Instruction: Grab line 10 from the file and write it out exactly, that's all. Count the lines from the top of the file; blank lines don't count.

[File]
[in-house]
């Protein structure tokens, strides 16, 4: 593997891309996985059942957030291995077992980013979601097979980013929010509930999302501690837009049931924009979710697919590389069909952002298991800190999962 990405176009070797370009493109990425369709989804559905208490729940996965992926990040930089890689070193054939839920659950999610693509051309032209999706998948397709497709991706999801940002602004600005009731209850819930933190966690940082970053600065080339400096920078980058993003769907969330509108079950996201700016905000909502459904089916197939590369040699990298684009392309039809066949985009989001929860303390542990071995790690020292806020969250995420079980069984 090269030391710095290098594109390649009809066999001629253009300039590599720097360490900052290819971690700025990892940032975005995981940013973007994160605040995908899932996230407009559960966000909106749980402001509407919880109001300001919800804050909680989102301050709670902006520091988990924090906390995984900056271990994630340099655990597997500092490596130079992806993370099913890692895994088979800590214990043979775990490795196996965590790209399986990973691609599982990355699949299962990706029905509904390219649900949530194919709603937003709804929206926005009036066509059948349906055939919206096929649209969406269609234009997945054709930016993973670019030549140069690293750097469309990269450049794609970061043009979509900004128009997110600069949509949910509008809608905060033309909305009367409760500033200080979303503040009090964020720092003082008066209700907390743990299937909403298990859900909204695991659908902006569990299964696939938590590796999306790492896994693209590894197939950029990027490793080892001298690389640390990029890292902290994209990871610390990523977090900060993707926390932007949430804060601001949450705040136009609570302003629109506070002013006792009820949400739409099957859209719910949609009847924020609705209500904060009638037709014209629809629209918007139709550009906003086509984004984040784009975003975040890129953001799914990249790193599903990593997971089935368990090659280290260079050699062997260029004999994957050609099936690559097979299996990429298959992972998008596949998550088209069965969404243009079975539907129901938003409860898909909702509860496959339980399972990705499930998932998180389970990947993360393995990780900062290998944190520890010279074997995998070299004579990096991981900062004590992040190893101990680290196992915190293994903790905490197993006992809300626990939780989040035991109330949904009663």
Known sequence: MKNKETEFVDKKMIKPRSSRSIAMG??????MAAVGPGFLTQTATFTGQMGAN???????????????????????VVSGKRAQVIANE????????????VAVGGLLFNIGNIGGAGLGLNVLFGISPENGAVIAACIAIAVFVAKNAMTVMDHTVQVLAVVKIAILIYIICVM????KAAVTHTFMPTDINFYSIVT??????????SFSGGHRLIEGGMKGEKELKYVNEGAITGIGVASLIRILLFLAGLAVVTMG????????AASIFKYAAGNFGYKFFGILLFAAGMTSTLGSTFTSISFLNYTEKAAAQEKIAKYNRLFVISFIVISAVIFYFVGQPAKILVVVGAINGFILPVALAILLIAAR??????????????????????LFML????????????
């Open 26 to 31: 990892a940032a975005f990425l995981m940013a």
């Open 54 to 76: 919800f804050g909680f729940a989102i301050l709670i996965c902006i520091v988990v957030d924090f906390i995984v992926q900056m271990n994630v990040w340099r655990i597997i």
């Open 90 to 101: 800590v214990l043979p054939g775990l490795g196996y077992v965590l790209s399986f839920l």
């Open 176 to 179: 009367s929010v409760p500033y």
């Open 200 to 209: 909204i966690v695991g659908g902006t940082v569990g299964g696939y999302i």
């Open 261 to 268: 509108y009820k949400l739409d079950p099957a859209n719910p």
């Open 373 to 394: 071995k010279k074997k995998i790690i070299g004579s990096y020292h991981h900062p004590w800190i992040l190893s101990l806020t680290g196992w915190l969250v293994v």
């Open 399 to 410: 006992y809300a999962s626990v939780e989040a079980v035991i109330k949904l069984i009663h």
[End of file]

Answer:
């Open 373 to 394: 071995k010279k074997k995998i790690i070299g004579s990096y020292h991981h900062p004590w800190i992040l190893s101990l806020t680290g196992w915190l969250v293994v």